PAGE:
First, we will co-design a survey which can be used to identify successful cases i.e. QI training participants who have adopted the behaviours and habits of an ‘improver’ (Health Foundation 2015) and have embedded these within their practice (level 3 of Kirkpatrick), and who can demonstrate impact and outcomes within their teams and services through QI (level 4). The survey will be distributed to all the previous participants of QI training programmes in NI. Next, based on the survey results, we will conduct in-depth, semi-structured interviews with multiple success cases as well as non-success cases (hopefully between 25 to 30 interviews in total). Here we will document, with evidence, the success case stories, as well the enablers and barriers experienced by these participants. With the non-success cases, we will concentrate on barriers to achieving impact.
Impact and learning
The first major impact for the Q community will be an evaluative framework which allows healthcare organisations to efficiently measure impact of QI training at levels 3 and 4.
Secondly, our project will identify enablers and barriers experienced by participants post training. Research has shown that the work environment is one of the key elements of training transfer including: culture; available support/resources; and follow-up through additional learning opportunities (Grossman and Salas, 2011). We expect these issues to emerge but this project will help identify specifically how they emerge in a QI context as well as other unexpected issues.
From this we will produce a ‘transfer resource’ which we will share with the Q community, especially relevant to those involved in delivering, supporting or commissioning QI training, and with the wider healthcare sector who want to support transfer. We will share:
- Our progress through social media, our project website and Q newsletter,
- Our findings via our report to the Health Foundation, publication including paper based short reports distributed at suitable events; digital interactive reports including infographics via our project website and social media as well as contribution to the ‘Q talks’ programme.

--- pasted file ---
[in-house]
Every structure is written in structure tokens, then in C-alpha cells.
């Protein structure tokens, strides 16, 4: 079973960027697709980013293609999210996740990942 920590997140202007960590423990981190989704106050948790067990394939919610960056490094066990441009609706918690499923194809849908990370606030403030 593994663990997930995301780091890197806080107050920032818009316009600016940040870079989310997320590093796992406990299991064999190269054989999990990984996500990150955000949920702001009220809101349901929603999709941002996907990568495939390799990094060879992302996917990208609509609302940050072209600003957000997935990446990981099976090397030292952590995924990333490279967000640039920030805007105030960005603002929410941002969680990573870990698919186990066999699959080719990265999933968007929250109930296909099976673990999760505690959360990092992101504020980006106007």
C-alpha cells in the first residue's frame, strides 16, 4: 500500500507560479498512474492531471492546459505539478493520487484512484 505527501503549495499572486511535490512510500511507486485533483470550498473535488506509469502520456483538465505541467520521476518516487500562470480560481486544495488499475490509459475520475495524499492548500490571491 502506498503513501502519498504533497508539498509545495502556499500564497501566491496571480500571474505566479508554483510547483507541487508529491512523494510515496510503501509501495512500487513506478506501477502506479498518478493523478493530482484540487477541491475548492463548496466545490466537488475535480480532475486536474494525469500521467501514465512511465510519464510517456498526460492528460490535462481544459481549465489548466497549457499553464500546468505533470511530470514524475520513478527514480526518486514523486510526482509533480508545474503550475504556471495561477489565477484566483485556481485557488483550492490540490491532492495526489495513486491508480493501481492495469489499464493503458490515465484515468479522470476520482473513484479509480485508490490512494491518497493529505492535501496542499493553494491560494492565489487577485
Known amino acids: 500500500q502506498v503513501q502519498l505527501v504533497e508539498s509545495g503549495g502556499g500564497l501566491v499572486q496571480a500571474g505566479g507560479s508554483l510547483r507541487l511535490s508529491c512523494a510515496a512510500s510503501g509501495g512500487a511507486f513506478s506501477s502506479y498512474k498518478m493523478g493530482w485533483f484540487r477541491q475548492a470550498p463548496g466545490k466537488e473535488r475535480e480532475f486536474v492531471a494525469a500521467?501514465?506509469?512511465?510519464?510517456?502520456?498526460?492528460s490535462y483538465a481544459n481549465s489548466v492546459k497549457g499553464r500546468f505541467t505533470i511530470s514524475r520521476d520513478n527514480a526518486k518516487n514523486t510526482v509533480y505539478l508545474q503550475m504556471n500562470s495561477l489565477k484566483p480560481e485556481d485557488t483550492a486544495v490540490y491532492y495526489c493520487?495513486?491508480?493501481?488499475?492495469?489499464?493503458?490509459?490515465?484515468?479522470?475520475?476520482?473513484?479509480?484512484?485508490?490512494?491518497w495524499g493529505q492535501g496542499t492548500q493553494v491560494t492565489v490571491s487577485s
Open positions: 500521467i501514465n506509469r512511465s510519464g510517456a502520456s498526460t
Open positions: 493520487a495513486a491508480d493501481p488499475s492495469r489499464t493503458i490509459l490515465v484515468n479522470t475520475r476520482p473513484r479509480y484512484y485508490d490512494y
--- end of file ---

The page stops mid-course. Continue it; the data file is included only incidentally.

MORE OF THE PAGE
The HSCQI have a website and newsletter which we would avail of. We will also seek to collaborate with Q members (e.g. through team members links with multiple SIGs) and Q Exchange projects involved in QI training.
Review with colleagues involved in QI training will allow us to demonstrate the benefit of the evaluative framework. With future QI training participants we will replicate the Success Case Method survey we design post programme to demonstrate the benefits of the ‘transfer resources’ provided.
How you can contribute
- Tell us how you have measured the impact of QI training
- Share your experiences of successful and unsuccessful impacts of training on care practices and outcomes
- If you have completed QI training, what has supported you to maintain the habits of an improver within your organisation?
- What are the barriers to transfering your QI learning and skills to the workplace?
This is a great project because…
The project is well structured, thoughtful and builds on existing evidence. Not enough is known about what makes QI training effective beyond initial feedback and understanding the impact it can have will provide useful learning for the Q community.
By the time of the event we encourage the project team to think more about…
Progressing work on identifying the programmes they will be evaluating will add significantly to the project - helping to make the learning potential for other Q members more tangible.